From across the country and the Atlantic Ocean, the future of information regulation has been announced to Massachusetts: privacy. This trend first gained widespread recognition in 2018, when the General Data Protection Regulation, or GDPR, became effective in the European Union and imposed requirements on organizations that collect and use the personal information of EU residents.
More recently, the California Consumer Privacy Act, or CCPA, imposed obligations on how businesses collect and use the personal information of California consumers. Although many Massachusetts companies looked at the GDPR and CCPA and concluded they do not apply, others took a longer view, deciding to incorporate privacy in their business operations because privacy laws are coming to Massachusetts, in one form or another.
Before understanding what addressing privacy means operationally, it is important to understand two things: the difference between security and privacy, and the difference between personally identifiable information, or PII, and personal information, or PI.
1. Data security is concerned with the measures organizations take to keep their information from unauthorized access and use. Data privacy is concerned with how an organization may use an individual’s information and how that organization discloses those uses to individuals. A firewall is a data security issue; an individual instructing a company to stop sending him or her emails is a data privacy issue.
2. Personally identifiable information is traditionally a person’s name combined with other sensitive information, like a Social Security number, bank account number, driver’s license number, etc. Personal information is much broader and includes all information about an identified or identifiable individual, such as name, address, email, browsing activity, etc.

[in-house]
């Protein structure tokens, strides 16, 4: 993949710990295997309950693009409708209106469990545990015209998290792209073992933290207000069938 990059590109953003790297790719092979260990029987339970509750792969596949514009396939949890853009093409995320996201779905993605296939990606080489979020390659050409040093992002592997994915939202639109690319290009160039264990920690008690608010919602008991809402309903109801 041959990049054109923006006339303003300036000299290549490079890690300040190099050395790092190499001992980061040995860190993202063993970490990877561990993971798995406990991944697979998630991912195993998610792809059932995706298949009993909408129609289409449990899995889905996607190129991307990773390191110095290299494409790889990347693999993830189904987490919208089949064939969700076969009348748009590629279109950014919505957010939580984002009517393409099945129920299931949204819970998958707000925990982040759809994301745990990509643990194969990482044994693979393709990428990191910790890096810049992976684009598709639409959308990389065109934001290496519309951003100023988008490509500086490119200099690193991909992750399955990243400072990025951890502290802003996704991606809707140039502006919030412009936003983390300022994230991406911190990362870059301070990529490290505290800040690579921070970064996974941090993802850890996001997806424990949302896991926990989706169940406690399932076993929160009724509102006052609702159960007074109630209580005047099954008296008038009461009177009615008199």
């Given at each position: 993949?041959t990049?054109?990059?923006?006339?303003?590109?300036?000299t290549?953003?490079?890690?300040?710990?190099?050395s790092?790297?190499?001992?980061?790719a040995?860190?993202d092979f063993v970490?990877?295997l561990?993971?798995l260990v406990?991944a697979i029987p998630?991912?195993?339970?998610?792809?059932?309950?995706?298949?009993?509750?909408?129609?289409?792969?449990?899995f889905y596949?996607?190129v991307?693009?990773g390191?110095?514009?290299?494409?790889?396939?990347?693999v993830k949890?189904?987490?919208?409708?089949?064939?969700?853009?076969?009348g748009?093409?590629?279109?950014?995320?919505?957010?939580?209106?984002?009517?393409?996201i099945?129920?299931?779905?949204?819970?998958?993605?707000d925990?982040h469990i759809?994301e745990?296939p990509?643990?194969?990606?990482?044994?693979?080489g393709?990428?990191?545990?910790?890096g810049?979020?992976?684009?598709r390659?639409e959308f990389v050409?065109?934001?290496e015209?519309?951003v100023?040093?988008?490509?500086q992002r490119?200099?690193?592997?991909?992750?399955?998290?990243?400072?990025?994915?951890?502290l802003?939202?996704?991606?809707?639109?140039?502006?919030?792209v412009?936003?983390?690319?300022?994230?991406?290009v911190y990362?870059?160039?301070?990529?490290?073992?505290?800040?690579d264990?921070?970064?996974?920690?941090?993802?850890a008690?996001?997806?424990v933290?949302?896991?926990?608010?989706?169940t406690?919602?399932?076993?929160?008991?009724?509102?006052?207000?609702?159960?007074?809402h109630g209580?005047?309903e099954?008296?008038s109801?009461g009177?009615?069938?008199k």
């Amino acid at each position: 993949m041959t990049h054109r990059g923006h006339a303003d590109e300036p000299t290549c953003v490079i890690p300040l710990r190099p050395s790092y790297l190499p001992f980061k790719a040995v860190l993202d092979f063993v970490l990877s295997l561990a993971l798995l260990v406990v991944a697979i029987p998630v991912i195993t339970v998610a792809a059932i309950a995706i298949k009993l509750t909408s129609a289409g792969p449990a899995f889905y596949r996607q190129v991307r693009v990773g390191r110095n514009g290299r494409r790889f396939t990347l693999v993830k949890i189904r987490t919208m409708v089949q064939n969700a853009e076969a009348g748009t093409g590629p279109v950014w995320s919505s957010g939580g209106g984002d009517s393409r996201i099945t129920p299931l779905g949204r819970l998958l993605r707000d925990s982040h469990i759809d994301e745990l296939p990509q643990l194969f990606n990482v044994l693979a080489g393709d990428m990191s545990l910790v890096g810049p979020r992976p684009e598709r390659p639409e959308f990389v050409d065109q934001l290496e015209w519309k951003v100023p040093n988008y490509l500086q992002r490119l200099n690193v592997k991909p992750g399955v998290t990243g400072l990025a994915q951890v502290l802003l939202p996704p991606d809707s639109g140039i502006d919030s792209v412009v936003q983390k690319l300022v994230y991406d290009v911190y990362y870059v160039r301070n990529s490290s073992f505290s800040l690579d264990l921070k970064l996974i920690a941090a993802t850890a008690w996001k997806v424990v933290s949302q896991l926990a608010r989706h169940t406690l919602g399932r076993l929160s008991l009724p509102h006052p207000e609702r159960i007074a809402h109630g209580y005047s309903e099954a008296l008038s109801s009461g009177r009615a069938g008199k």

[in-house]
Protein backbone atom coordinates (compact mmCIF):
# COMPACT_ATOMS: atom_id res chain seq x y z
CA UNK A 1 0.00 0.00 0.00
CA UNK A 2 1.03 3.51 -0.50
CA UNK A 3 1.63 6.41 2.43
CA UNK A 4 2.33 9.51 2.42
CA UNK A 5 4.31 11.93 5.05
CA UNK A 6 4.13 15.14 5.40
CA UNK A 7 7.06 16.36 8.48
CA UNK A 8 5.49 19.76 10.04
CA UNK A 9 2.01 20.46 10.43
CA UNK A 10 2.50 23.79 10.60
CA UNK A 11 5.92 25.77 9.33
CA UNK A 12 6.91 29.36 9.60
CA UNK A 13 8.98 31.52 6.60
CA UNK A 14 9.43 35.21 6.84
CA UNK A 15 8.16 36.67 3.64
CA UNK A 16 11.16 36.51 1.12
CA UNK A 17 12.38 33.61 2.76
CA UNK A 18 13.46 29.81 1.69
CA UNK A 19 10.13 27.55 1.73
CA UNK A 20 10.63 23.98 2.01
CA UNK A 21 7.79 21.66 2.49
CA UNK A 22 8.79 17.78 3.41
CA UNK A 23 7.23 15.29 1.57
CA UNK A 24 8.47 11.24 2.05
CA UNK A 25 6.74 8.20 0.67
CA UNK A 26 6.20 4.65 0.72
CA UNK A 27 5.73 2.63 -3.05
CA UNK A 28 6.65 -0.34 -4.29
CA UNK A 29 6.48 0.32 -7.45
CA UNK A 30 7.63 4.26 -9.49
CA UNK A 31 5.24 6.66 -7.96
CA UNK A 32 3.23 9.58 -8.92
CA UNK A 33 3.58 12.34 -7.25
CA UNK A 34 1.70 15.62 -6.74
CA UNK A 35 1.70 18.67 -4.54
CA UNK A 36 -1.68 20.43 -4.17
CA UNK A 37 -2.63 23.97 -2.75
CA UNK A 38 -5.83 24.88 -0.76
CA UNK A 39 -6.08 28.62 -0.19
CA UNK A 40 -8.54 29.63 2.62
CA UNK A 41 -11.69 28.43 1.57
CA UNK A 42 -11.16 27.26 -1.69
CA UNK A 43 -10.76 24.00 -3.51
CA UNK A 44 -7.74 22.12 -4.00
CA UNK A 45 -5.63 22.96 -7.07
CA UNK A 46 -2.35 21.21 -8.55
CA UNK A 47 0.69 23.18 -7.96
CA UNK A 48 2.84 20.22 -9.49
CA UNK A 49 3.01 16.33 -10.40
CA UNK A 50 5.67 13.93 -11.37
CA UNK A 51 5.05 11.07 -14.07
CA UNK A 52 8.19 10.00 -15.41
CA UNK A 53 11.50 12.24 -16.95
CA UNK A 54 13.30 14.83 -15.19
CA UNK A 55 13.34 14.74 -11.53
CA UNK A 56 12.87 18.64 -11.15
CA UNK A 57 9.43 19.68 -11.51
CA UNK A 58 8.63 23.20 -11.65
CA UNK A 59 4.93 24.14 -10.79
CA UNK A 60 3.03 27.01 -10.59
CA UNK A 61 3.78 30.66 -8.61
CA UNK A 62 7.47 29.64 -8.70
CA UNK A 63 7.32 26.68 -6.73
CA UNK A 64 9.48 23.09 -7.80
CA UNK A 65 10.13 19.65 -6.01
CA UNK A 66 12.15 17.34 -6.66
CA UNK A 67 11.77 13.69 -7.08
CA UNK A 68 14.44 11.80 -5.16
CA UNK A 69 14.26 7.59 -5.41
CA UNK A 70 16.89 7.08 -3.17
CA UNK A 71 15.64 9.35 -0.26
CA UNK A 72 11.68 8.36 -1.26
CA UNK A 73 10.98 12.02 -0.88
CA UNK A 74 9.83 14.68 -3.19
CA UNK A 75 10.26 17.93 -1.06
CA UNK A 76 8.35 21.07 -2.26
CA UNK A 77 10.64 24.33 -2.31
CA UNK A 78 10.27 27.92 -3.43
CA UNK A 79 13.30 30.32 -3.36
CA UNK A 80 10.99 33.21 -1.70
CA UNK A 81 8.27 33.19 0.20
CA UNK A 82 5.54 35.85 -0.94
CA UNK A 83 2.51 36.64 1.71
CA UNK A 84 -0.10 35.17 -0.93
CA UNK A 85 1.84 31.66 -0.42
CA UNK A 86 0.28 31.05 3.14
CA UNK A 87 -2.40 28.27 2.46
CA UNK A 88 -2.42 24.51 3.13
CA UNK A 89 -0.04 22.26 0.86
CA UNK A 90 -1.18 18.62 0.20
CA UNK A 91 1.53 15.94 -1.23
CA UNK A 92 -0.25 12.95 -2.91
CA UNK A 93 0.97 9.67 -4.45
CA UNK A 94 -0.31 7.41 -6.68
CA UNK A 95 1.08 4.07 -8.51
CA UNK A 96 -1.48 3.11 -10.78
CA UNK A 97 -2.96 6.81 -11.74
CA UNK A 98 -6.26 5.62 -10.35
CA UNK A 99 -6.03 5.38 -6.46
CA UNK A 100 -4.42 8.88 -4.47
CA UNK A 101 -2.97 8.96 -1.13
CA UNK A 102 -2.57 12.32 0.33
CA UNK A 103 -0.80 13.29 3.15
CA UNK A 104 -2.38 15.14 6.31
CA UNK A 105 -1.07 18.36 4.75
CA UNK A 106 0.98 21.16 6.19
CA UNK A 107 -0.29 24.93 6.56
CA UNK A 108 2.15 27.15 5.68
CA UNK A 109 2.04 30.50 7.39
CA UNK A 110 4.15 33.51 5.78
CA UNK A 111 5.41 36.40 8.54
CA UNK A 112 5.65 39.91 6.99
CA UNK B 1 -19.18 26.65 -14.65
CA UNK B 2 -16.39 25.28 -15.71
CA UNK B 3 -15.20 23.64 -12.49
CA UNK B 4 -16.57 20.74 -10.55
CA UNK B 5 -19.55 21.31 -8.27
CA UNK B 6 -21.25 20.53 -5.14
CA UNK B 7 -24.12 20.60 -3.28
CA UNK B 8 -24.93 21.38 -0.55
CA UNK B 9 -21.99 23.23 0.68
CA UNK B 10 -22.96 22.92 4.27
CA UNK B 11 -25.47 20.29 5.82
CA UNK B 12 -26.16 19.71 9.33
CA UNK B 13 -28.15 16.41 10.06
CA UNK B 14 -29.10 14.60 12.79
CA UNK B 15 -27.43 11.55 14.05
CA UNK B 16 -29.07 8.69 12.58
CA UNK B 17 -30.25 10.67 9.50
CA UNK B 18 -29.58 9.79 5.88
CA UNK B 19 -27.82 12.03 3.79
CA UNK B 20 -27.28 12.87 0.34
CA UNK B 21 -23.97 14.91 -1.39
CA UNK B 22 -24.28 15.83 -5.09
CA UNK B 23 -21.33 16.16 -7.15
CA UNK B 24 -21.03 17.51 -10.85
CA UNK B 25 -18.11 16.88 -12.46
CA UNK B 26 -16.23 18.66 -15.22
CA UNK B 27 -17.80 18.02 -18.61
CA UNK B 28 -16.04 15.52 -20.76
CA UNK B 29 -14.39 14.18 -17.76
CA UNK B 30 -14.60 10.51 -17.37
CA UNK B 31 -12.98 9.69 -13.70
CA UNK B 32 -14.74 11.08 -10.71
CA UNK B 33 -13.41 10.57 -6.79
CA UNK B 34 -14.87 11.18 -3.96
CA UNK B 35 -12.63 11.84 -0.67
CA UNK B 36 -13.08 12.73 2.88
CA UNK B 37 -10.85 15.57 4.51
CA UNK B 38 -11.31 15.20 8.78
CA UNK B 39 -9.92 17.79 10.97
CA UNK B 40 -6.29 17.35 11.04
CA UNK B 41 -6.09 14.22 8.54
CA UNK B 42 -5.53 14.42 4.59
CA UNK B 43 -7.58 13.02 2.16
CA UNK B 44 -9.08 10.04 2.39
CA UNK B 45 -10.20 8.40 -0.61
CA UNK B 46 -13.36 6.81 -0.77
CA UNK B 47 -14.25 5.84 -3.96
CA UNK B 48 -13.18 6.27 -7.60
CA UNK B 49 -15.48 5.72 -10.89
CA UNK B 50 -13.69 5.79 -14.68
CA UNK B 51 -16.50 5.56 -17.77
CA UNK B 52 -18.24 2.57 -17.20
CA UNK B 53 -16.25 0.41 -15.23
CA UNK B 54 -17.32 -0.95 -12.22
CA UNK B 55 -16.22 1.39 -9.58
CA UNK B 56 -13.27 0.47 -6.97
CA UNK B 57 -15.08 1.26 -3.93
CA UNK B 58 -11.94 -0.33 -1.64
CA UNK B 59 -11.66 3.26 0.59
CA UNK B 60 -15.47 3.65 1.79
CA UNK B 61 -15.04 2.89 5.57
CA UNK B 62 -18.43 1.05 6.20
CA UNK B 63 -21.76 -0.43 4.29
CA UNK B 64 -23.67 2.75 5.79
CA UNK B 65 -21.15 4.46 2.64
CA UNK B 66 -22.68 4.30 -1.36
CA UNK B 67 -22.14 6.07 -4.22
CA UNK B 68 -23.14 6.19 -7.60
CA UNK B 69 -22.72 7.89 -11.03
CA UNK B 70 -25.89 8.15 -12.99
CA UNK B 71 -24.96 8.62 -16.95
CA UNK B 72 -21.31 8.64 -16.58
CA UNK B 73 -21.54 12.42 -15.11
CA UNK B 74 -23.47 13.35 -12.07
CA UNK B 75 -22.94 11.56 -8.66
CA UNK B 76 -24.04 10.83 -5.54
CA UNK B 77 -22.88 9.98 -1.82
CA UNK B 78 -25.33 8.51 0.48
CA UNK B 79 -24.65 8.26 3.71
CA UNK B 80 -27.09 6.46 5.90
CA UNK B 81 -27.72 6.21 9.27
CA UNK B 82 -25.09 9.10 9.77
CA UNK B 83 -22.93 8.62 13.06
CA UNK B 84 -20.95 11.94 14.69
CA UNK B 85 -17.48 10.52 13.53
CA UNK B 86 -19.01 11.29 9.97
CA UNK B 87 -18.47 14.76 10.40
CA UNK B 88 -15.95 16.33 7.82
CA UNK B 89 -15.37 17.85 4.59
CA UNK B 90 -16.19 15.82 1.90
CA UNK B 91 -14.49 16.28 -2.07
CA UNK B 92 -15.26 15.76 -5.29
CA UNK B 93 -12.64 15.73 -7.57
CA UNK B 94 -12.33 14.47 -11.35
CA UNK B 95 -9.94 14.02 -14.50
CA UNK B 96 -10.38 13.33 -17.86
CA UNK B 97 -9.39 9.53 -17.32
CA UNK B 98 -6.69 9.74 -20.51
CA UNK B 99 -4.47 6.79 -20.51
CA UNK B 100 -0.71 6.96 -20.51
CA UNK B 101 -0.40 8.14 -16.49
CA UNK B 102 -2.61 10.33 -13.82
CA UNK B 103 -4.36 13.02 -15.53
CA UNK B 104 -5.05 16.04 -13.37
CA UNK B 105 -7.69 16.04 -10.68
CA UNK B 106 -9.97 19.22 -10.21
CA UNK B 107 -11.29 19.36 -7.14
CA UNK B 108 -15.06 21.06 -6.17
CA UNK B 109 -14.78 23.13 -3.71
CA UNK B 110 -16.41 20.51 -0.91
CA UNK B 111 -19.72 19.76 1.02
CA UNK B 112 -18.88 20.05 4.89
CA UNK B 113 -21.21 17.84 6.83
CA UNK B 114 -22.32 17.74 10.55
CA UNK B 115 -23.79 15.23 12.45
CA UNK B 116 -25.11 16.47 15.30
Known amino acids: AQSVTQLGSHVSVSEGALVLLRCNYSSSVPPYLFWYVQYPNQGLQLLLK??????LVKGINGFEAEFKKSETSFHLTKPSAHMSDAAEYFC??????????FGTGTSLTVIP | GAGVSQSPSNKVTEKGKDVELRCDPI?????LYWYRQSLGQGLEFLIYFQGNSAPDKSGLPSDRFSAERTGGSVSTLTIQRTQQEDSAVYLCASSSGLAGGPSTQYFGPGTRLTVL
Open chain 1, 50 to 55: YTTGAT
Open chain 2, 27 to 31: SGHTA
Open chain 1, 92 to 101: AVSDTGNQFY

Massachusetts has data security regulations, 201 CMR 17.00, which require a business to conduct a comprehensive risk assessment, remediate risks, and adopt a written information security program containing appropriate administrative, technical, and physical safeguards. While these security regulations are themselves broad, privacy laws create even broader, new operational requirements that do not exist under security regulations.
For example, the GDPR requires organizations to make disclosures and, in some cases, obtain consent with respect to the personal information they collect, what they do with that personal information, and who they disclose or transfer personal information to, among other things. The GDPR also gives certain rights to individuals, like instructing organizations to correct or erase their personal information and to restrict an organization’s use of their personal information.
The CCPA similarly requires businesses to tell consumers about the personal information they collect and the uses of it. Consumers have the right under the CCPA to instruct businesses not to sell and to delete their personal information.
These privacy laws afford remedies for governments and individuals that can be very costly. The GDPR permits governments to fine violators the greater of 4% of their annual worldwide revenue or 20 million euro. The CCPA permits an individual to pursue statutory damages whenever a business permits unauthorized access or use of that individual’s personal information due to the business’s failure to implement and maintain reasonable security procedures.
As mentioned above, some might look at these laws and conclude they do not apply. But the privacy operations required by the GDPR and the CCPA are coming everywhere, including Massachusetts. Senate Bill 120, currently in committee on Beacon Hill, includes many of the same terms as the CCPA, including granting individuals the right to tell businesses to delete their personal information and the right to opt out of disclosures of personal information to third parties. Even if SB 120 does not become law, a bill like it will, requiring that organizations in Massachusetts disclose their personal information practices and, more significantly, incorporate individuals’ privacy rights into their business and information maintenance operations.
Additionally, because of the notoriety of burgeoning privacy laws, consumers are increasingly concerned about their rights to control their personal information. Additionally, it is easier and less expensive to incorporate privacy principles into technology and information management earlier rather than later. The sooner your organization begins to understand and adopt the concepts that have consistently been in privacy laws, the better off you will be.
*This article was co-authored by Annie Cho when she was a student at Northeastern University School of Law.